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The identification of chromosomal and episomal origins of replication in the genome of the causative agent of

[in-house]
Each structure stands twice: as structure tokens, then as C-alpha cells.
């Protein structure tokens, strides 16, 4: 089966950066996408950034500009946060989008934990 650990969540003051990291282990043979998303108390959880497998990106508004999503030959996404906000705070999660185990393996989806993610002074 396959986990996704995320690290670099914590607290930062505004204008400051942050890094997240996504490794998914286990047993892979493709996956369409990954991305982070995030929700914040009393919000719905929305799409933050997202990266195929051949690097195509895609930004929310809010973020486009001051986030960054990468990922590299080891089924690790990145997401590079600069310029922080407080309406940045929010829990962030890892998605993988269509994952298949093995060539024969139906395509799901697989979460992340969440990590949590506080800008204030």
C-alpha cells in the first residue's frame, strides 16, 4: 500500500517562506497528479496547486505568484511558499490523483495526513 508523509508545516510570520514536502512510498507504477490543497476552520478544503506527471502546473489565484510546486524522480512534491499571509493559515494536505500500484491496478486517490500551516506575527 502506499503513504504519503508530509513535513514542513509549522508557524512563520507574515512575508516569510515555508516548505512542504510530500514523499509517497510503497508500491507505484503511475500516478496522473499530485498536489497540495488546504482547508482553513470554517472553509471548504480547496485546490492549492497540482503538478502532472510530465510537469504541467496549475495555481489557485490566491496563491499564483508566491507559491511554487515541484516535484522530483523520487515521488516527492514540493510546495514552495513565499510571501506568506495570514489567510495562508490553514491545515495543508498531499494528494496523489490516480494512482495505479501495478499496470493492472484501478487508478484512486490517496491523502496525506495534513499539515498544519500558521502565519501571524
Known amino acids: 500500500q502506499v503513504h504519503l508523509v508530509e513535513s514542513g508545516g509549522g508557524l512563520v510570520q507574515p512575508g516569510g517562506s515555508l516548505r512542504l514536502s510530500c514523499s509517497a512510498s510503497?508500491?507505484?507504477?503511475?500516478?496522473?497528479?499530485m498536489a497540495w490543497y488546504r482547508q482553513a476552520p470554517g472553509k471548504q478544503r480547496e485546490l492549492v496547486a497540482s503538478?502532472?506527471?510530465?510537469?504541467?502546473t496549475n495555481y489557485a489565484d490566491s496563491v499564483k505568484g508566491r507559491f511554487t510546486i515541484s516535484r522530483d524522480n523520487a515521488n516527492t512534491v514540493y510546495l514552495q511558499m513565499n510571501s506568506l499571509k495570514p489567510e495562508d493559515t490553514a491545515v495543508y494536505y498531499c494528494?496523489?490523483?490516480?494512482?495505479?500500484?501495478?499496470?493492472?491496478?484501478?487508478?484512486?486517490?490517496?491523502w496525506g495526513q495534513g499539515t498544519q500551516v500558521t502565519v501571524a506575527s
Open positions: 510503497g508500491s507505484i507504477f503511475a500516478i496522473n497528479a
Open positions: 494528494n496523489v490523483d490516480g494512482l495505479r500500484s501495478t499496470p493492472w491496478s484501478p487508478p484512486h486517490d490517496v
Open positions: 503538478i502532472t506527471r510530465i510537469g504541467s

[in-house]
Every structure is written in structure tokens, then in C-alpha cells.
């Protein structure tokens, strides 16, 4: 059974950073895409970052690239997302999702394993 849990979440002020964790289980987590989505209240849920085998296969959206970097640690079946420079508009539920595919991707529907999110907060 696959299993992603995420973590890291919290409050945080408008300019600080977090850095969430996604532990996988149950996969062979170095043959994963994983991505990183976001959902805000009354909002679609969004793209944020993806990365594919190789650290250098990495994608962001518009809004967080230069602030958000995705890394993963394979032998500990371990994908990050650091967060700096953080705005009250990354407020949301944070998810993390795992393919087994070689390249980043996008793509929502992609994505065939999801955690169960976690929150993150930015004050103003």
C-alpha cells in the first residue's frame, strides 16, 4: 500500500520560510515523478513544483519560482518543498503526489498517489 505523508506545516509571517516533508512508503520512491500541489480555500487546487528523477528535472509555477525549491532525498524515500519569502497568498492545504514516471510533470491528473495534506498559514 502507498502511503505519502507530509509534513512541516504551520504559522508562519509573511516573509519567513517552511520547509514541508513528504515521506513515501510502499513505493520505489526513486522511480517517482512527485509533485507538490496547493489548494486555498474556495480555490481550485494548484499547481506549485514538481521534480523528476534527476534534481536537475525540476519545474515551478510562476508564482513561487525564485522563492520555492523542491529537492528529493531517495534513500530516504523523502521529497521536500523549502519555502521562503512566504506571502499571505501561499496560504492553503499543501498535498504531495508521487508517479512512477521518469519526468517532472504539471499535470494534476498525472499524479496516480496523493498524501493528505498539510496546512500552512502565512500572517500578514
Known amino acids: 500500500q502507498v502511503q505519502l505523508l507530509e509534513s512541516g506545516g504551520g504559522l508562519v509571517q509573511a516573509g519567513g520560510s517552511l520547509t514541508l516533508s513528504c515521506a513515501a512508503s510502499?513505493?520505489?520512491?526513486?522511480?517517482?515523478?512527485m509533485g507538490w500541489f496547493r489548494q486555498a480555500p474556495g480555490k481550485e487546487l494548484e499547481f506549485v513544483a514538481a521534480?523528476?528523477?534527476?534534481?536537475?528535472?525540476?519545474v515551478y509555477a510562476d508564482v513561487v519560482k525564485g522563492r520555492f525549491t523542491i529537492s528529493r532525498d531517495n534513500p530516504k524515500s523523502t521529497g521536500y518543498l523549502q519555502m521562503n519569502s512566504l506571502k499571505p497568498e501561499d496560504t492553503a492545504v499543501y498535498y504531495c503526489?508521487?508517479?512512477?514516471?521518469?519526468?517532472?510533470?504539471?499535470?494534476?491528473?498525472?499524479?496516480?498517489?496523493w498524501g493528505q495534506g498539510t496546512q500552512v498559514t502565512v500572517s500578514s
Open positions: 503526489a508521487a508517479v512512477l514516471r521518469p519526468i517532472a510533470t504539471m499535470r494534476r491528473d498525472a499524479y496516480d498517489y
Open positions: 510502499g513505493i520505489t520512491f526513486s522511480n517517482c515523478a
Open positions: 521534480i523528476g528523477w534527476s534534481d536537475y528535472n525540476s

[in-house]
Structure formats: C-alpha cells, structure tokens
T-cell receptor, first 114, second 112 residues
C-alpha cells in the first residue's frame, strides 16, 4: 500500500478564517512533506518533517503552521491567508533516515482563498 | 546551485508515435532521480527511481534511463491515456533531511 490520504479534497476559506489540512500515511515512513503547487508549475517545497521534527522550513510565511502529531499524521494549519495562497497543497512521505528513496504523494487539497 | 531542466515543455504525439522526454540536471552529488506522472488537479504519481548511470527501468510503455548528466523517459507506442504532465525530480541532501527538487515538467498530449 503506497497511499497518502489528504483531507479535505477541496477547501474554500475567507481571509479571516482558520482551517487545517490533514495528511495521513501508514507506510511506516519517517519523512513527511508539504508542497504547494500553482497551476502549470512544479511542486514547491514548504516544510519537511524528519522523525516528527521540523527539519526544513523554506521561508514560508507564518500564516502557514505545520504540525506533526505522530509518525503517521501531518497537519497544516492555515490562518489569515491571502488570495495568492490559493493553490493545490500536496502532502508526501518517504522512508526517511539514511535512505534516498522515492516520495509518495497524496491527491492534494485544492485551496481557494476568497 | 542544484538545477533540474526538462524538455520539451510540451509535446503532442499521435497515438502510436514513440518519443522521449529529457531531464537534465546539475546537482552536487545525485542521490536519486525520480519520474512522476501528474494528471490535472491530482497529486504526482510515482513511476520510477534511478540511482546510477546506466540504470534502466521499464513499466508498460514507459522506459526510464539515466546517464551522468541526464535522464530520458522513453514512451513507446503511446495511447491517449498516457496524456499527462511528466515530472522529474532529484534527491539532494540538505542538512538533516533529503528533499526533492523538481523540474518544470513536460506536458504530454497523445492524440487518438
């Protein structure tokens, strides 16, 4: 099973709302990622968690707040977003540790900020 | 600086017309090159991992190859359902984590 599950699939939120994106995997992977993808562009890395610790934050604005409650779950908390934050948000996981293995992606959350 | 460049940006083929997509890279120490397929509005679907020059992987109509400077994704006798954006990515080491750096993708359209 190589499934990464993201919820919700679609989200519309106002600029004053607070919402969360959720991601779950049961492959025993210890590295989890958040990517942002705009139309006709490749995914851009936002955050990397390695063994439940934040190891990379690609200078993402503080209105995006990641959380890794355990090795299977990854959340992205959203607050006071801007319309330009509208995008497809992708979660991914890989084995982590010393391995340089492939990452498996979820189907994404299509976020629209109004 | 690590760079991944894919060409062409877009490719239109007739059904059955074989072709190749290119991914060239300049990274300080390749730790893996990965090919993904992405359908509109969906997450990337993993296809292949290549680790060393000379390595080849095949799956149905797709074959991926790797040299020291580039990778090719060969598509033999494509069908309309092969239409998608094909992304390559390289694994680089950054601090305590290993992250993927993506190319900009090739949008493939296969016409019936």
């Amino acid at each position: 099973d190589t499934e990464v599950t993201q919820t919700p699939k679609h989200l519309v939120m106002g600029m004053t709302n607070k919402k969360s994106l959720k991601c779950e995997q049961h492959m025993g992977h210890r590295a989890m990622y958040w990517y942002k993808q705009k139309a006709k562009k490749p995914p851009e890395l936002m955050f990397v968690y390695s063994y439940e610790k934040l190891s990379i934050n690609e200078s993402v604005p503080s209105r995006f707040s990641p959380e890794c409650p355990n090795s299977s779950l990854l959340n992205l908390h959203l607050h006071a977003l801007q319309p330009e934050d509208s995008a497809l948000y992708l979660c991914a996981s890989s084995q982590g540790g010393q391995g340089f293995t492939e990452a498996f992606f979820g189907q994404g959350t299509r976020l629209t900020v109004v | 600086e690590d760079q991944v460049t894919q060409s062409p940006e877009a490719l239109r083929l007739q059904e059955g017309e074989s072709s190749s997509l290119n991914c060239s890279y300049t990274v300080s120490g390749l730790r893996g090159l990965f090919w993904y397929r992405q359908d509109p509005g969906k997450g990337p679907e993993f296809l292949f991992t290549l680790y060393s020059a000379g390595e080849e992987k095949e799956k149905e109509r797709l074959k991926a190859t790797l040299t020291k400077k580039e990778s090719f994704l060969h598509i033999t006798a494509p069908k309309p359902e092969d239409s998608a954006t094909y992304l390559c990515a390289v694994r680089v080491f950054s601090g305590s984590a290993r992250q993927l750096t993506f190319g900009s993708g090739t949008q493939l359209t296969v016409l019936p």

Lyme disease, the spirochete Borrelia burgdorferi, has been greatly facilitated by genomics. Analysis of genome features, including strand compositional asymmetries, organizational similarities to other bacterial origins of replication, and the presence of homologues of genes involved in replication and partitioning, have contributed to the identification of a collection of putative origins of replication within the Borrelia genome. This analysis has provided the basis for the experimental verification of origins in the linear chromosome and in the linear plasmid Ip28-2. Information generated during the study of these origins will significantly contribute to the understanding of the mechanisms of replication and partitioning in Borrelia.